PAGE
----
Economic Empowerment: the bottom line

“I believe that if we solve the economic problems then other things will fall into place. It is like this: if you are a healthy person you can do everything, but if you are sick you can’t do anything.”

As a founding director and current secretary of the Zimbabwe Diaspora Development Chamber, I am based in South Africa and my goal is to economically empower the Zimbabwean diaspora.

If members of the diaspora are empowered economically they can make a meaningful impact back home, where people are suffering everyday from poverty and government oppression.

The current situation of Zimbabweans in South Africa is a Catch 22. Initially we were not recognized as refugees unless we could prove that we were beaten and our life was threatened in Zimbabwe. We lobbied the South African government to insist that sometimes people are secondary or tertiary victims of the violence that happens in Zimbabwe. We succeeded in that.

Now the issue is that Zimbabweans come to South Africa looking for work because there is 94% unemployment in our country and, as of 2009, the Zimbabwean currency was suspended. Yet when people arrive in South African officials say, “We cannot give you refugee status. You must have a work permit.”

The irony of it is that the Zimbabwean government doesn’t have the capacity to issue its citizens with passports and you need a passport to get a work permit. People come illegally into South Africa only because they have no other option—it is not that they want to stay in the country undocumented.

The South African government recently declared a moratorium stating that by December 31, 2010 all Zimbabweans in South Africa must have work permits. Yet the Zimbabwean government is still not issuing passports. The same problem—lack of documentation— that led people to apply for asylum in the first place still exists.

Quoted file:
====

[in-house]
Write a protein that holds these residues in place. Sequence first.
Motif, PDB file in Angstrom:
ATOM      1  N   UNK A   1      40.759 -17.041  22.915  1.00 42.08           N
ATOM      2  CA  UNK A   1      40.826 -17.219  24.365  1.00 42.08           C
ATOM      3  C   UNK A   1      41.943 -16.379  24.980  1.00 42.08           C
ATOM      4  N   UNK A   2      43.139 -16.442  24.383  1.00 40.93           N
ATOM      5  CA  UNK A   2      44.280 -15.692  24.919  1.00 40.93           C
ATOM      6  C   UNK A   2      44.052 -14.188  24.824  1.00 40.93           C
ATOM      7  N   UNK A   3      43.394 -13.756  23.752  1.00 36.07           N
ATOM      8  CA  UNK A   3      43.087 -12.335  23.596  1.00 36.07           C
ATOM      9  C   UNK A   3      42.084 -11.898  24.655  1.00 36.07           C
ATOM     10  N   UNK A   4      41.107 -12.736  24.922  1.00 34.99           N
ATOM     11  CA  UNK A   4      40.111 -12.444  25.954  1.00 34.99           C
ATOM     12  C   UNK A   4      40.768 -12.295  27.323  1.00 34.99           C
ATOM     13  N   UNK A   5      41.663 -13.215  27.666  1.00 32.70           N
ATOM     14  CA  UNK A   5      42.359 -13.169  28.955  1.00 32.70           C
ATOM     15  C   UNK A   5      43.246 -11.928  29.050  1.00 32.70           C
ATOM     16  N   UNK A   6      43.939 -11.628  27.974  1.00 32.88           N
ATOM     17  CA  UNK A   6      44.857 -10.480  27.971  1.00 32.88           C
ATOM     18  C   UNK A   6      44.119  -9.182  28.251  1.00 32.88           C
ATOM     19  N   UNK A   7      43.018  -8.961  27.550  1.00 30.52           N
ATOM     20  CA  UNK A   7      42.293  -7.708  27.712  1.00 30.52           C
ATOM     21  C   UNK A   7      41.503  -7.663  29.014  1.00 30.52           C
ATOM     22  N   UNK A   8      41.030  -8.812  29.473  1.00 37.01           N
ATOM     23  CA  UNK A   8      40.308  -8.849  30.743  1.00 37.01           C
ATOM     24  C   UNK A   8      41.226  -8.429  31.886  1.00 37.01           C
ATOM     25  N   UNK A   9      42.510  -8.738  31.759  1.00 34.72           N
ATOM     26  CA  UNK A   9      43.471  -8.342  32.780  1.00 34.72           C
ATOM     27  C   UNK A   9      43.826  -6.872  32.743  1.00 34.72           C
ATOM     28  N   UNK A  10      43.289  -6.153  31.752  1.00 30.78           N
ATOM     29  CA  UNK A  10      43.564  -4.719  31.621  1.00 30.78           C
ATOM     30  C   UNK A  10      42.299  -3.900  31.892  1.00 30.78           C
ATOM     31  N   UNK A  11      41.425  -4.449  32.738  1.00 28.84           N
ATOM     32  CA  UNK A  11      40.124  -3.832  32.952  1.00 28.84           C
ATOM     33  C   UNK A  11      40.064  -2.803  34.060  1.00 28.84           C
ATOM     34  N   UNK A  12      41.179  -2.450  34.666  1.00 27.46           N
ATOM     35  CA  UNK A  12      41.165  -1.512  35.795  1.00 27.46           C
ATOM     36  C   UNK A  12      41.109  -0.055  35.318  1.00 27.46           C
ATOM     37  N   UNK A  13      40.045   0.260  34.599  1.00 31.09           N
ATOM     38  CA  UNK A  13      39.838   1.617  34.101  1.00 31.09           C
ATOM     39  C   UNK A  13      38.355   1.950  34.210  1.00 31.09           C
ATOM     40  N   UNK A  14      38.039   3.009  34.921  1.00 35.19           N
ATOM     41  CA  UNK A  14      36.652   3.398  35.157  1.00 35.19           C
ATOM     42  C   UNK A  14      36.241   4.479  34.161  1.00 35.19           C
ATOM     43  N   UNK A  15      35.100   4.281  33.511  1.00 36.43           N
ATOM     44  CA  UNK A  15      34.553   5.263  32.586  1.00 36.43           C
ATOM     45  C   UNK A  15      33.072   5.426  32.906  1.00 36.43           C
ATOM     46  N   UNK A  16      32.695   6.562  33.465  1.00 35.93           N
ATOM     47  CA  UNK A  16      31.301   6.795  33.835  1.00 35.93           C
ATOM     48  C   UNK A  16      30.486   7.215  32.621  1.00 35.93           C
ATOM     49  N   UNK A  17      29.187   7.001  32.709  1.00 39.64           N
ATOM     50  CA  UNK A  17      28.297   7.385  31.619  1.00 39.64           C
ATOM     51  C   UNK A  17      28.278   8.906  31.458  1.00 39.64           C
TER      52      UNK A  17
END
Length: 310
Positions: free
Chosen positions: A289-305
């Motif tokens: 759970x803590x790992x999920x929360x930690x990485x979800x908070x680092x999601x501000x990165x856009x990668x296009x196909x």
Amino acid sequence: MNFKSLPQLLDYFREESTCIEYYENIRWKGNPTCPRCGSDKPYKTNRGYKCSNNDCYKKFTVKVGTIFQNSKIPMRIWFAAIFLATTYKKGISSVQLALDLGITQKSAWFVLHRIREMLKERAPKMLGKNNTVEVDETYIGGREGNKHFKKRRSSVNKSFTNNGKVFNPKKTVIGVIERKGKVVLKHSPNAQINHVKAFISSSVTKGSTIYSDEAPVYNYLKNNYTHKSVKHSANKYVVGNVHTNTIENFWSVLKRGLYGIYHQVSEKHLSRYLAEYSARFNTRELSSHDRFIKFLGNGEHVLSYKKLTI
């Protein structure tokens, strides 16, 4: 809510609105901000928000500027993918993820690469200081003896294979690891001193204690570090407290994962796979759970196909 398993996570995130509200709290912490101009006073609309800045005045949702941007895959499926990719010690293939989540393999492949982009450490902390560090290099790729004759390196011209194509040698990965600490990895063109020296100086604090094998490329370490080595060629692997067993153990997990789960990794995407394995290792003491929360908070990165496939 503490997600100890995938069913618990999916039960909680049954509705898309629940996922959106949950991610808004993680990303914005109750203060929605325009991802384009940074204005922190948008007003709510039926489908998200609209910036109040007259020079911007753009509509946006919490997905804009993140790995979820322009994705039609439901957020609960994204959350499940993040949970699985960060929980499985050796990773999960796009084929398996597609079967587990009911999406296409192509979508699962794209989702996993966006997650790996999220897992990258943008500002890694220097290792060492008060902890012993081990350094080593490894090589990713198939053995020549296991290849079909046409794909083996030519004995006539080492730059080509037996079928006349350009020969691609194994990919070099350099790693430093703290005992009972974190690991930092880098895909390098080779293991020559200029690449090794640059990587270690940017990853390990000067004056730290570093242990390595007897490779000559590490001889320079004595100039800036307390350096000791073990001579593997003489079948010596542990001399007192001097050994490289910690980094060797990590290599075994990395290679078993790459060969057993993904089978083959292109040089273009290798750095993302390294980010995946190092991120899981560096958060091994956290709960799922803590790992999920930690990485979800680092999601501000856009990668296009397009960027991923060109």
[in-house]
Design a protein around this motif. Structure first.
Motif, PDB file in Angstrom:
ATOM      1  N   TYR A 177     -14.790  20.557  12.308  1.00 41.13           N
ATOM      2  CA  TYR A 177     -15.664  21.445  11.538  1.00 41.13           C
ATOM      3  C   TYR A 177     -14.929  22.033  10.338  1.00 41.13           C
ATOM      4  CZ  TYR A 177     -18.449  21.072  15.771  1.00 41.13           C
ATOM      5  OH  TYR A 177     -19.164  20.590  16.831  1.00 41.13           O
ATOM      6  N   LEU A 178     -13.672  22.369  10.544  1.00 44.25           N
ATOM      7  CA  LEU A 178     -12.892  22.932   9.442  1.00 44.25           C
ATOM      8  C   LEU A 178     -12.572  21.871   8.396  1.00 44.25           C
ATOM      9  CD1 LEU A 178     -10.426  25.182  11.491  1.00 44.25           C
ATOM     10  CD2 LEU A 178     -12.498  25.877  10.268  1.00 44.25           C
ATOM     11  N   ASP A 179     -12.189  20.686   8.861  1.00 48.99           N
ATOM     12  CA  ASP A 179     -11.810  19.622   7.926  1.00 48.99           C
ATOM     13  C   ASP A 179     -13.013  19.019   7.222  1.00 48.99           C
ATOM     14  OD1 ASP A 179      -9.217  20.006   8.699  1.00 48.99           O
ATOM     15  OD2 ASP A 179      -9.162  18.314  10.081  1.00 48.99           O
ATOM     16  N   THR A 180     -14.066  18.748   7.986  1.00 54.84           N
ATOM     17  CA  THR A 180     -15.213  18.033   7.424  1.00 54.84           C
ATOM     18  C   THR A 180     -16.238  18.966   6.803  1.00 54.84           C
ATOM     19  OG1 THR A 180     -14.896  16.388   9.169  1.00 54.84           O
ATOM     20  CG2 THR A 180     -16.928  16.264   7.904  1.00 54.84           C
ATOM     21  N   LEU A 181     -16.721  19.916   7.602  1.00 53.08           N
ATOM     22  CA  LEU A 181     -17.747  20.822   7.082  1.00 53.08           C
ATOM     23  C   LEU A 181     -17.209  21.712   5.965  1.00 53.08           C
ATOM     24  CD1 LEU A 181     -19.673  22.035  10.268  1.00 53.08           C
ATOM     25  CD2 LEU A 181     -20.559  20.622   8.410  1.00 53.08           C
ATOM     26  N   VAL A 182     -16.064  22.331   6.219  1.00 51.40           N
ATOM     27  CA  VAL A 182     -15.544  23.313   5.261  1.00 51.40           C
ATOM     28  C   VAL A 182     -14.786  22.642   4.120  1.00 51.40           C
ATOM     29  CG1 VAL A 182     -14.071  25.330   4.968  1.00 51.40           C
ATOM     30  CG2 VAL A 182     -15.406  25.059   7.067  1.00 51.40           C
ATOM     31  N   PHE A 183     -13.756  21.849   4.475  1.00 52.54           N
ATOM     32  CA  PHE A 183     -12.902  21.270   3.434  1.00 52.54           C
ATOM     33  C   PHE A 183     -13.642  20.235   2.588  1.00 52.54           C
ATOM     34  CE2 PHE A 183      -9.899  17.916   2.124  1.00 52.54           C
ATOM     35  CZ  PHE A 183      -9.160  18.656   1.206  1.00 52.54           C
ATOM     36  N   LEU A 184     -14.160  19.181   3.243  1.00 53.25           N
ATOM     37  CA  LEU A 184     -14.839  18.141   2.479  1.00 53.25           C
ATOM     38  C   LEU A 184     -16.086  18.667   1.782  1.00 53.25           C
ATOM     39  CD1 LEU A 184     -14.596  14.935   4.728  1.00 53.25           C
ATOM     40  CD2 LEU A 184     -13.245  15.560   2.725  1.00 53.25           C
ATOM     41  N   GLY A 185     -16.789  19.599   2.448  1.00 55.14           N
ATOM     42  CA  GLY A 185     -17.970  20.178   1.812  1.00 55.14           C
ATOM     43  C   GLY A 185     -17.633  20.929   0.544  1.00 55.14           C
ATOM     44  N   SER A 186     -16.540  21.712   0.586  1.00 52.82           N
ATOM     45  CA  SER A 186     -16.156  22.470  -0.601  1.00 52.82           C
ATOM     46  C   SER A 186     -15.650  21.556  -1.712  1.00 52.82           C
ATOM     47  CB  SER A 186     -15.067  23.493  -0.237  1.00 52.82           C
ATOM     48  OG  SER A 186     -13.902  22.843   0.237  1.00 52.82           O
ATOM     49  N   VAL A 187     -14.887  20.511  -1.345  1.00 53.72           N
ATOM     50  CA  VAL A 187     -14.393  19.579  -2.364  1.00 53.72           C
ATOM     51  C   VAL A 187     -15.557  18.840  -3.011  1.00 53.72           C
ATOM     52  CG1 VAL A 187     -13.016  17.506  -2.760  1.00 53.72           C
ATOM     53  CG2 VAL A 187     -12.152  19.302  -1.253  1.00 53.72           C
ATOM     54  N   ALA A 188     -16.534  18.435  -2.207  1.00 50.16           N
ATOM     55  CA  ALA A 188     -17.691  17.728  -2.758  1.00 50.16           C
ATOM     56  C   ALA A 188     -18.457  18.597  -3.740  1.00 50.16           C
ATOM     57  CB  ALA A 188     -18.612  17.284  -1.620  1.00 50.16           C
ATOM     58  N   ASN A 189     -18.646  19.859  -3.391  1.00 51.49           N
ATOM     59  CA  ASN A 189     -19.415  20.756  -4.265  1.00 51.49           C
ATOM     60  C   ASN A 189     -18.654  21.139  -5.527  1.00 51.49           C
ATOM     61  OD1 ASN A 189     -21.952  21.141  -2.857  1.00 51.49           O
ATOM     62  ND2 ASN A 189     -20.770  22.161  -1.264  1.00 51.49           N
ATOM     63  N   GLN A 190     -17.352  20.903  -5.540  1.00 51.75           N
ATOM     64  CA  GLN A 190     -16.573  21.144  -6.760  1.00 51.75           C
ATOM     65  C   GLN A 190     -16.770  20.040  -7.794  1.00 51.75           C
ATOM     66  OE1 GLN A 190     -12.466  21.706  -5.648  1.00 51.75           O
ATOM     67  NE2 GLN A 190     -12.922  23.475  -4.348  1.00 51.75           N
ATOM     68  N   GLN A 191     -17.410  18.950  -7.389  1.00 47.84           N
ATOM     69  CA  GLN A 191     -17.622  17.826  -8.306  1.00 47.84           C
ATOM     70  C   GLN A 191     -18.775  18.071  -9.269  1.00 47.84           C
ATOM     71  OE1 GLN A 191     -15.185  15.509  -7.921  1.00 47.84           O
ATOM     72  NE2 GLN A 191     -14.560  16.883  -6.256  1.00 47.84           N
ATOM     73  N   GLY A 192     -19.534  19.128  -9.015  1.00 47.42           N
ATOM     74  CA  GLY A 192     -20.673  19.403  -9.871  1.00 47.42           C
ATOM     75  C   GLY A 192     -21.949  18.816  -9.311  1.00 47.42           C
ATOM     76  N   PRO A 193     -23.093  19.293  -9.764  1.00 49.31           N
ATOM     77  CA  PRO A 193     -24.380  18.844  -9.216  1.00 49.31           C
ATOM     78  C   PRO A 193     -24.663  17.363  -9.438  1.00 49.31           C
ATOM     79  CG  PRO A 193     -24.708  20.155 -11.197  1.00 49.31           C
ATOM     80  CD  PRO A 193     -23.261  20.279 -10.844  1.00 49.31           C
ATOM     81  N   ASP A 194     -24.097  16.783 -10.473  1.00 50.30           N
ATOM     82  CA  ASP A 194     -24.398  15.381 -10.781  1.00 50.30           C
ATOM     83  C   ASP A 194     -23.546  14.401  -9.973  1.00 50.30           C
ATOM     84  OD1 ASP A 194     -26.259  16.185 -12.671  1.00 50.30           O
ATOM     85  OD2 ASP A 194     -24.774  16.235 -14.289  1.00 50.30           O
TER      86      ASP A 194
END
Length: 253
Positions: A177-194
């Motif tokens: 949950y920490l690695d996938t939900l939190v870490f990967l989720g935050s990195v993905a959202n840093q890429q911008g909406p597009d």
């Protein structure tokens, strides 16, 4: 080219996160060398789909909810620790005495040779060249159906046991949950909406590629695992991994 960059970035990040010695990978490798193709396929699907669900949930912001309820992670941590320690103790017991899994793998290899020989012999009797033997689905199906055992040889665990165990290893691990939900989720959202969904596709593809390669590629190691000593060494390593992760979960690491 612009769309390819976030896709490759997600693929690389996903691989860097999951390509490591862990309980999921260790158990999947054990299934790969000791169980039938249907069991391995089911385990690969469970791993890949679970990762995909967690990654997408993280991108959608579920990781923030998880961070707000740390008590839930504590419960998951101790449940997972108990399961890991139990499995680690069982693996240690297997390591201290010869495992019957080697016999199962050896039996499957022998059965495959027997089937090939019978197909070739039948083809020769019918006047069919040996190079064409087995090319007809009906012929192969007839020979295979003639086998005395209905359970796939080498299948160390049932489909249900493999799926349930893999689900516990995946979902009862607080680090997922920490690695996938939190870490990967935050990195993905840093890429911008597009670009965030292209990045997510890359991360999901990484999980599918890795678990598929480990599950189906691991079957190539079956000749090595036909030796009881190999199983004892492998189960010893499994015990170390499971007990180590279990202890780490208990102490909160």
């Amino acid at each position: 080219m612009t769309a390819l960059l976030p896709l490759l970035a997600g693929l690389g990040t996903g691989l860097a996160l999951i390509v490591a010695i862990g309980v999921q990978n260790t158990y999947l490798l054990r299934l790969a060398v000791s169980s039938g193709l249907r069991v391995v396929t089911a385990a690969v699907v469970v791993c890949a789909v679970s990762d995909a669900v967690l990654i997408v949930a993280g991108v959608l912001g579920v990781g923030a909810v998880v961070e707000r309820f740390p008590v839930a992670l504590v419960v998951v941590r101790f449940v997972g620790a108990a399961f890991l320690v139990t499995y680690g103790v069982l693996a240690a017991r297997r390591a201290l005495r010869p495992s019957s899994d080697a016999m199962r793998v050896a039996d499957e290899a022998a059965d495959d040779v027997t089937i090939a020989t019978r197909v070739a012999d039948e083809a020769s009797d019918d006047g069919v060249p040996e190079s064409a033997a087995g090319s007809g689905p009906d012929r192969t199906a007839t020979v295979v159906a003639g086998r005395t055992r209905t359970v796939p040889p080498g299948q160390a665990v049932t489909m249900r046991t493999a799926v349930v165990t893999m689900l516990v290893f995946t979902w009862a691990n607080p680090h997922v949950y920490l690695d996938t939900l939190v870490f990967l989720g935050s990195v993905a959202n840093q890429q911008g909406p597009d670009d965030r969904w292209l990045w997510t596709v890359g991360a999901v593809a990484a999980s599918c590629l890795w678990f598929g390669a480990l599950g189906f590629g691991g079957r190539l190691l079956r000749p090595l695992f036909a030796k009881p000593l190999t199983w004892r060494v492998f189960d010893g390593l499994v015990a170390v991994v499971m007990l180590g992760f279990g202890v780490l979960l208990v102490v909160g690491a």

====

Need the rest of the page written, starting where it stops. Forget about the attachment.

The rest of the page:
So what are people to do? The only solution I see is for the South African government to give the Zimbabwean government money to process passports.

The solution is not for people to be forced back to Zimbabwe. Even if the political situation is to normalize the economic situation has a long way to go. I, and others like me, will serve no purpose if we go back to Zimbabwe. And if I go back, my seven years of activism in South Africa will be wasted. I am better positioned to do something for my country from the outside.

Currently people in the diaspora send money to their relatives in Zimbabwe informally. I worked for 4 years in foreign exchange at Barclays bank and I understand that this will not strengthen an economy like the one we have in Zimbabwe. But if an individual owns a business outside and then opens a branch in Zimbabwe that would help the economy.

People can get employment from that kind of investment. And in this way, the diaspora can have a very powerful impact. Through the Zimbabwe Diaspora Development Chamber we tell people, “You can be the employer rather than always having to shout about the unemployment rates. You can help our citizens.”

If we empower the citizens, they won’t be bulldozed by the systems. For example, right now in Zimbabwe if you don’t have a party card and there is a drought you don’t get food aid. In that way, people are bulldozed by the system. However, if people had their own access to food they wouldn’t need the government rations. It is for this reason that I believe empowering citizens is important.

In 2003, I read the book Rich Dad, Poor Dad by Robert Kiyosaki – I took a lot of life lessons from it. One specific lesson was: work for free and money will come. That is my life philosophy now.

In Africa the first and foremost issue is a bread and butter issue. People are poor. You can’t put democracy on a plate and eat it. In the United States you don’t kill each other when you are campaigning for elections. In Zimbabwe people are dying.

People are dying as they mobilize for a new constitution. People need to be in our shoes and see it from our perspective to know what solutions will work. The bottom line needs to be about the citizens.

I believe that if we solve the economic problems then other things will fall into place. It is like this: if you are a healthy person you can do everything, but if you are sick you can’t do anything. If African citizens are economically empowered then democracy will come.

– Tapiwa is a former 2010 Women PeaceMaker at the Joan B. Kroc Institute for Peace and Justice. This article was first published in October 2010 and appeared at: It is re-published here with the author’s permission.

Post published in: Opinions & Analysis

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